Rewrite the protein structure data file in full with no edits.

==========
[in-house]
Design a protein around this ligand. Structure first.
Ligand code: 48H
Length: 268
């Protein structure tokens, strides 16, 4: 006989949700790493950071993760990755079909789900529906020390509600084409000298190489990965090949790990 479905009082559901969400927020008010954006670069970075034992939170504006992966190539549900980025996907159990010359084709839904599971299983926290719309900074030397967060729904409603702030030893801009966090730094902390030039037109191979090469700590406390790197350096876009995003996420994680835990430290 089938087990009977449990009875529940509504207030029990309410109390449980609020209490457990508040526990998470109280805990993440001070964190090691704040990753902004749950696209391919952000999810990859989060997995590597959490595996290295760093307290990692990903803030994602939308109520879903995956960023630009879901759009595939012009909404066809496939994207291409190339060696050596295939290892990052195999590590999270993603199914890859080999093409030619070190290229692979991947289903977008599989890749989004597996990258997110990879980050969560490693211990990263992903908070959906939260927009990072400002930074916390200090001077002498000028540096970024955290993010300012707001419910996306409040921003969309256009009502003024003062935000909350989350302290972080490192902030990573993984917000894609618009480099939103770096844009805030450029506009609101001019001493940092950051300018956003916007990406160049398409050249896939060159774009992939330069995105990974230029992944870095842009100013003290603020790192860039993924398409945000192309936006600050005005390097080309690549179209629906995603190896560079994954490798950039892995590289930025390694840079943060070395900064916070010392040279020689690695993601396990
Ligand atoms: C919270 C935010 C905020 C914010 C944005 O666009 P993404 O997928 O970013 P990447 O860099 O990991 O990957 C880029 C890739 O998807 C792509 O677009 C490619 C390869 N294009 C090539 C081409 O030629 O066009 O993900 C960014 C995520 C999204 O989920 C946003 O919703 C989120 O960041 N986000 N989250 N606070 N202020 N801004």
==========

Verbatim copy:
[in-house]
Design a protein around this ligand. Structure first.
Ligand code: 48H
Length: 268
């Protein structure tokens, strides 16, 4: 006989949700790493950071993760990755079909789900529906020390509600084409000298190489990965090949790990 479905009082559901969400927020008010954006670069970075034992939170504006992966190539549900980025996907159990010359084709839904599971299983926290719309900074030397967060729904409603702030030893801009966090730094902390030039037109191979090469700590406390790197350096876009995003996420994680835990430290 089938087990009977449990009875529940509504207030029990309410109390449980609020209490457990508040526990998470109280805990993440001070964190090691704040990753902004749950696209391919952000999810990859989060997995590597959490595996290295760093307290990692990903803030994602939308109520879903995956960023630009879901759009595939012009909404066809496939994207291409190339060696050596295939290892990052195999590590999270993603199914890859080999093409030619070190290229692979991947289903977008599989890749989004597996990258997110990879980050969560490693211990990263992903908070959906939260927009990072400002930074916390200090001077002498000028540096970024955290993010300012707001419910996306409040921003969309256009009502003024003062935000909350989350302290972080490192902030990573993984917000894609618009480099939103770096844009805030450029506009609101001019001493940092950051300018956003916007990406160049398409050249896939060159774009992939330069995105990974230029992944870095842009100013003290603020790192860039993924398409945000192309936006600050005005390097080309690549179209629906995603190896560079994954490798950039892995590289930025390694840079943060070395900064916070010392040279020689690695993601396990
Ligand atoms: C919270 C935010 C905020 C914010 C944005 O666009 P993404 O997928 O970013 P990447 O860099 O990991 O990957 C880029 C890739 O998807 C792509 O677009 C490619 C390869 N294009 C090539 C081409 O030629 O066009 O993900 C960014 C995520 C999204 O989920 C946003 O919703 C989120 O960041 N986000 N989250 N606070 N202020 N801004």